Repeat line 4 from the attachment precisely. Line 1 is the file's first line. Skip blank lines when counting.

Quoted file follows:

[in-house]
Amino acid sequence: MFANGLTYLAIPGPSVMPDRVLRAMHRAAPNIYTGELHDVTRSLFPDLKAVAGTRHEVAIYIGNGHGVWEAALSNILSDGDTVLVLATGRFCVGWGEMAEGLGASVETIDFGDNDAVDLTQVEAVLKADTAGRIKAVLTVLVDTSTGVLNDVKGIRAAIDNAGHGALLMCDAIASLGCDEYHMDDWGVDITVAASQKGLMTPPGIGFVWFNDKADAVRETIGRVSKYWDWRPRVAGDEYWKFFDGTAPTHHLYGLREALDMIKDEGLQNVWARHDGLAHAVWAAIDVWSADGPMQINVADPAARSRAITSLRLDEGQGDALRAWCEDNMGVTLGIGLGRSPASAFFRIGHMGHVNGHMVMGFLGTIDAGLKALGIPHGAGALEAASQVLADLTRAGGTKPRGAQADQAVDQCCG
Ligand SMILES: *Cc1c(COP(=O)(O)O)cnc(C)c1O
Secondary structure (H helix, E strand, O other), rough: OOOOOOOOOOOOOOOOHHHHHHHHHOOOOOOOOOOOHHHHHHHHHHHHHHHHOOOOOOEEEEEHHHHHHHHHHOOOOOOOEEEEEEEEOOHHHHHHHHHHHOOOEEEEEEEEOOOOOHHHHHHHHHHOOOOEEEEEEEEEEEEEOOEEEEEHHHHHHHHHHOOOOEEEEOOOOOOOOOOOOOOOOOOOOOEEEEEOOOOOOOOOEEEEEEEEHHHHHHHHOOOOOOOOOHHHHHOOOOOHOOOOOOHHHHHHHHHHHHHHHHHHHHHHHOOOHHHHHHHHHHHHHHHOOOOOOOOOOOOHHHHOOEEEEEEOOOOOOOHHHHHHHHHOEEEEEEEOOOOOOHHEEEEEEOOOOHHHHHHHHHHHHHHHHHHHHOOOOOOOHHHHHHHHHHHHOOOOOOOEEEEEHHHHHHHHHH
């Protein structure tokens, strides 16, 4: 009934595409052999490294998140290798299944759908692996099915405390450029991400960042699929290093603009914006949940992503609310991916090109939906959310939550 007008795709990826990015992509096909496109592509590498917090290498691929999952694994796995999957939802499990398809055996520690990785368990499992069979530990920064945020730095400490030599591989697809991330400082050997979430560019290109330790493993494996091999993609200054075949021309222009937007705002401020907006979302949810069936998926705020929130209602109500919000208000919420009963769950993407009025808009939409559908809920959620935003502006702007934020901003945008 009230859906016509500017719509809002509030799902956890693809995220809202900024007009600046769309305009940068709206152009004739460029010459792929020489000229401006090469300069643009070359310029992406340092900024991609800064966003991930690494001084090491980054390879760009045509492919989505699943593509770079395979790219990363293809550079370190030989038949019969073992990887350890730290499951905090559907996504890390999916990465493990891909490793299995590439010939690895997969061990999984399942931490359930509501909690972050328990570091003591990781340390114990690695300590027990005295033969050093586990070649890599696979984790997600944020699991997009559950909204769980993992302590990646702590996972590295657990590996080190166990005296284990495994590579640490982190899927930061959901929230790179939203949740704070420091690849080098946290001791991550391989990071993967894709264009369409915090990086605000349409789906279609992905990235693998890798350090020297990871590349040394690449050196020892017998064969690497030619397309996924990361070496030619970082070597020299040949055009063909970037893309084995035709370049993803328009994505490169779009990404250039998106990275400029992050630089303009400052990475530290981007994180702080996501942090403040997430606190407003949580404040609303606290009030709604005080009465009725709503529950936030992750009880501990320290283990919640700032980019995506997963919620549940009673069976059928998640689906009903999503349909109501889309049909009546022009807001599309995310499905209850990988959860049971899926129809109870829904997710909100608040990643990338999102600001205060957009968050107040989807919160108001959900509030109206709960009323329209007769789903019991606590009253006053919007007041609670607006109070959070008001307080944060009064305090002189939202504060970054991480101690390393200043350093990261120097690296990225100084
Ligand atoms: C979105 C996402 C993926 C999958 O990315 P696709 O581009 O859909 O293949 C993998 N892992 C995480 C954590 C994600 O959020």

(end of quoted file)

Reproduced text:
Secondary structure (H helix, E strand, O other), rough: OOOOOOOOOOOOOOOOHHHHHHHHHOOOOOOOOOOOHHHHHHHHHHHHHHHHOOOOOOEEEEEHHHHHHHHHHOOOOOOOEEEEEEEEOOHHHHHHHHHHHOOOEEEEEEEEOOOOOHHHHHHHHHHOOOOEEEEEEEEEEEEEOOEEEEEHHHHHHHHHHOOOOEEEEOOOOOOOOOOOOOOOOOOOOOEEEEEOOOOOOOOOEEEEEEEEHHHHHHHHOOOOOOOOOHHHHHOOOOOHOOOOOOHHHHHHHHHHHHHHHHHHHHHHHOOOHHHHHHHHHHHHHHHOOOOOOOOOOOOHHHHOOEEEEEEOOOOOOOHHHHHHHHHOEEEEEEEOOOOOOHHEEEEEEOOOOHHHHHHHHHHHHHHHHHHHHOOOOOOOHHHHHHHHHHHHOOOOOOOEEEEEHHHHHHHHHH